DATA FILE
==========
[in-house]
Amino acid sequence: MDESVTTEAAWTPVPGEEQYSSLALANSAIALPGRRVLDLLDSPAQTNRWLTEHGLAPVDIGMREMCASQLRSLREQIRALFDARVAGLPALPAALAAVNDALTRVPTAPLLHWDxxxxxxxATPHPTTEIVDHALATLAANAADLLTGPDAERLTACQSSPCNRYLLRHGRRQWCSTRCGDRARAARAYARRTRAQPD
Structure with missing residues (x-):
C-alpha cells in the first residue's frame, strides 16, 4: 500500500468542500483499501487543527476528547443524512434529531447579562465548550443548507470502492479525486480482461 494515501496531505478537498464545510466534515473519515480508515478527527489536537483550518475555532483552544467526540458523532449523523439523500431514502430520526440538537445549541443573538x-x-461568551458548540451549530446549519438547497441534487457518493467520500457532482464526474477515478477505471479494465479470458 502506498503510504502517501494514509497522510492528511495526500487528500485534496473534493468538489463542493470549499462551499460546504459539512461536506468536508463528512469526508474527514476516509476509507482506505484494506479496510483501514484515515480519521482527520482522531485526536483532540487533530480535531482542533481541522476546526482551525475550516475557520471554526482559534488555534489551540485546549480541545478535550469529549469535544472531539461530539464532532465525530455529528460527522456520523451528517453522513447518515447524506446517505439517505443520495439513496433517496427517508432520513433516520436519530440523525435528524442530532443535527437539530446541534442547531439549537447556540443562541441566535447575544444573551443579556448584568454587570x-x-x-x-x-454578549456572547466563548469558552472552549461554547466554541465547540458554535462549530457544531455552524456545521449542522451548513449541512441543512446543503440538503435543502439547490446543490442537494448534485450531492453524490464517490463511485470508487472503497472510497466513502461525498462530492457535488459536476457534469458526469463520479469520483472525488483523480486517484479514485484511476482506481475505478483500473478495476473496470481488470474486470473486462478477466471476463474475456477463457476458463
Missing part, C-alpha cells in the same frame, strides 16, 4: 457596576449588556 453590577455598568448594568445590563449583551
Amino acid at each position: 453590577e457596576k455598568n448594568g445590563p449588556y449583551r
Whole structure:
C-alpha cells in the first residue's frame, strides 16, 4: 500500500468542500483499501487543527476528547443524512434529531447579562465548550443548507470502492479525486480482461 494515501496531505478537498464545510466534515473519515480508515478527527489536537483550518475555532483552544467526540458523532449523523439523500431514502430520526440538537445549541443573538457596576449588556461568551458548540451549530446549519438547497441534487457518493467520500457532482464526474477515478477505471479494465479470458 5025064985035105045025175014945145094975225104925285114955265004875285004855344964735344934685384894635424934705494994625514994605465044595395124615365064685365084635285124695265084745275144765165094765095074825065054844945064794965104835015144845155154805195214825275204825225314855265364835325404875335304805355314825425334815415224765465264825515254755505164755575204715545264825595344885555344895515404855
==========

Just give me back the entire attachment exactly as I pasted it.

[in-house]
Amino acid sequence: MDESVTTEAAWTPVPGEEQYSSLALANSAIALPGRRVLDLLDSPAQTNRWLTEHGLAPVDIGMREMCASQLRSLREQIRALFDARVAGLPALPAALAAVNDALTRVPTAPLLHWDxxxxxxxATPHPTTEIVDHALATLAANAADLLTGPDAERLTACQSSPCNRYLLRHGRRQWCSTRCGDRARAARAYARRTRAQPD
Structure with missing residues (x-):
C-alpha cells in the first residue's frame, strides 16, 4: 500500500468542500483499501487543527476528547443524512434529531447579562465548550443548507470502492479525486480482461 494515501496531505478537498464545510466534515473519515480508515478527527489536537483550518475555532483552544467526540458523532449523523439523500431514502430520526440538537445549541443573538x-x-461568551458548540451549530446549519438547497441534487457518493467520500457532482464526474477515478477505471479494465479470458 502506498503510504502517501494514509497522510492528511495526500487528500485534496473534493468538489463542493470549499462551499460546504459539512461536506468536508463528512469526508474527514476516509476509507482506505484494506479496510483501514484515515480519521482527520482522531485526536483532540487533530480535531482542533481541522476546526482551525475550516475557520471554526482559534488555534489551540485546549480541545478535550469529549469535544472531539461530539464532532465525530455529528460527522456520523451528517453522513447518515447524506446517505439517505443520495439513496433517496427517508432520513433516520436519530440523525435528524442530532443535527437539530446541534442547531439549537447556540443562541441566535447575544444573551443579556448584568454587570x-x-x-x-x-454578549456572547466563548469558552472552549461554547466554541465547540458554535462549530457544531455552524456545521449542522451548513449541512441543512446543503440538503435543502439547490446543490442537494448534485450531492453524490464517490463511485470508487472503497472510497466513502461525498462530492457535488459536476457534469458526469463520479469520483472525488483523480486517484479514485484511476482506481475505478483500473478495476473496470481488470474486470473486462478477466471476463474475456477463457476458463
Missing part, C-alpha cells in the same frame, strides 16, 4: 457596576449588556 453590577455598568448594568445590563449583551
Amino acid at each position: 453590577e457596576k455598568n448594568g445590563p449588556y449583551r
Whole structure:
C-alpha cells in the first residue's frame, strides 16, 4: 500500500468542500483499501487543527476528547443524512434529531447579562465548550443548507470502492479525486480482461 494515501496531505478537498464545510466534515473519515480508515478527527489536537483550518475555532483552544467526540458523532449523523439523500431514502430520526440538537445549541443573538457596576449588556461568551458548540451549530446549519438547497441534487457518493467520500457532482464526474477515478477505471479494465479470458 5025064985035105045025175014945145094975225104925285114955265004875285004855344964735344934685384894635424934705494994625514994605465044595395124615365064685365084635285124695265084745275144765165094765095074825065054844945064794965104835015144845155154805195214825275204825225314855265364835325404875335304805355314825425334815415224765465264825515254755505164755575204715545264825595344885555344895515404855